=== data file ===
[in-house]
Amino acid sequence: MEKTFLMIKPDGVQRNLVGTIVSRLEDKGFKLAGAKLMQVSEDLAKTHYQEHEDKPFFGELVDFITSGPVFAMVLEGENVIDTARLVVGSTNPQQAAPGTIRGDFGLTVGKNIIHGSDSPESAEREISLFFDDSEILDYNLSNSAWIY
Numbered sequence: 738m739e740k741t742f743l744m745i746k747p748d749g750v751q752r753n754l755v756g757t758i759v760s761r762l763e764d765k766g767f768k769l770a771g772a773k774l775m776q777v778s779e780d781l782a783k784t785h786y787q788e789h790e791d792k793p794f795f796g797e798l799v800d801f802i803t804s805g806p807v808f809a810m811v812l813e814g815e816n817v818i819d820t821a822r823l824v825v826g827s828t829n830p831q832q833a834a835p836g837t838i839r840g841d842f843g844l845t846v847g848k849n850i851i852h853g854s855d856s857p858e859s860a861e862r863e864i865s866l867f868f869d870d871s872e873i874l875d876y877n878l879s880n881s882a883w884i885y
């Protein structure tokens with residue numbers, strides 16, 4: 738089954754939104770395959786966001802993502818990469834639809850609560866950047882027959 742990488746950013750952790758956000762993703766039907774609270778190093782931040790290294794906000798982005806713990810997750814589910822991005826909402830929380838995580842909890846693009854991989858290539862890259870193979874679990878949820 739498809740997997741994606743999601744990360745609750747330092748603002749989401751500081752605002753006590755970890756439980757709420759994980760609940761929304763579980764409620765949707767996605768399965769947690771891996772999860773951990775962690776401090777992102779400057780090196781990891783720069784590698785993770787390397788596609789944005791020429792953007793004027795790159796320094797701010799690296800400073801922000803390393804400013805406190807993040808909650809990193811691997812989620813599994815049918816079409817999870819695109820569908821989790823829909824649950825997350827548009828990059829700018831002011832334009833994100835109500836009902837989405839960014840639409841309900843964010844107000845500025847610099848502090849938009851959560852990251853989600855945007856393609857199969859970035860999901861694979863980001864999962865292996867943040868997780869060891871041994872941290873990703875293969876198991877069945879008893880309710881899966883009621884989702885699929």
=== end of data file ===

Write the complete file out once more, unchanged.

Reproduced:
[in-house]
Amino acid sequence: MEKTFLMIKPDGVQRNLVGTIVSRLEDKGFKLAGAKLMQVSEDLAKTHYQEHEDKPFFGELVDFITSGPVFAMVLEGENVIDTARLVVGSTNPQQAAPGTIRGDFGLTVGKNIIHGSDSPESAEREISLFFDDSEILDYNLSNSAWIY
Numbered sequence: 738m739e740k741t742f743l744m745i746k747p748d749g750v751q752r753n754l755v756g757t758i759v760s761r762l763e764d765k766g767f768k769l770a771g772a773k774l775m776q777v778s779e780d781l782a783k784t785h786y787q788e789h790e791d792k793p794f795f796g797e798l799v800d801f802i803t804s805g806p807v808f809a810m811v812l813e814g815e816n817v818i819d820t821a822r823l824v825v826g827s828t829n830p831q832q833a834a835p836g837t838i839r840g841d842f843g844l845t846v847g848k849n850i851i852h853g854s855d856s857p858e859s860a861e862r863e864i865s866l867f868f869d870d871s872e873i874l875d876y877n878l879s880n881s882a883w884i885y
């Protein structure tokens with residue numbers, strides 16, 4: 738089954754939104770395959786966001802993502818990469834639809850609560866950047882027959 742990488746950013750952790758956000762993703766039907774609270778190093782931040790290294794906000798982005806713990810997750814589910822991005826909402830929380838995580842909890846693009854991989858290539862890259870193979874679990878949820 739498809740997997741994606743999601744990360745609750747330092748603002749989401751500081752605002753006590755970890756439980757709420759994980760609940761929304763579980764409620765949707767996605768399965769947690771891996772999860773951990775962690776401090777992102779400057780090196781990891783720069784590698785993770787390397788596609789944005791020429792953007793004027795790159796320094797701010799690296800400073801922000803390393804400013805406190807993040808909650809990193811691997812989620813599994815049918816079409817999870819695109820569908821989790823829909824649950825997350827548009828990059829700018831002011832334009833994100835109500836009902837989405839960014840639409841309900843964010844107000845500025847610099848502090849938009851959560852990251853989600855945007856393609857199969859970035860999901861694979863980001864999962865292996867943040868997780869060891871041994872941290873990703875293969876198991877069945879008893880309710881899966883009621884989702885699929």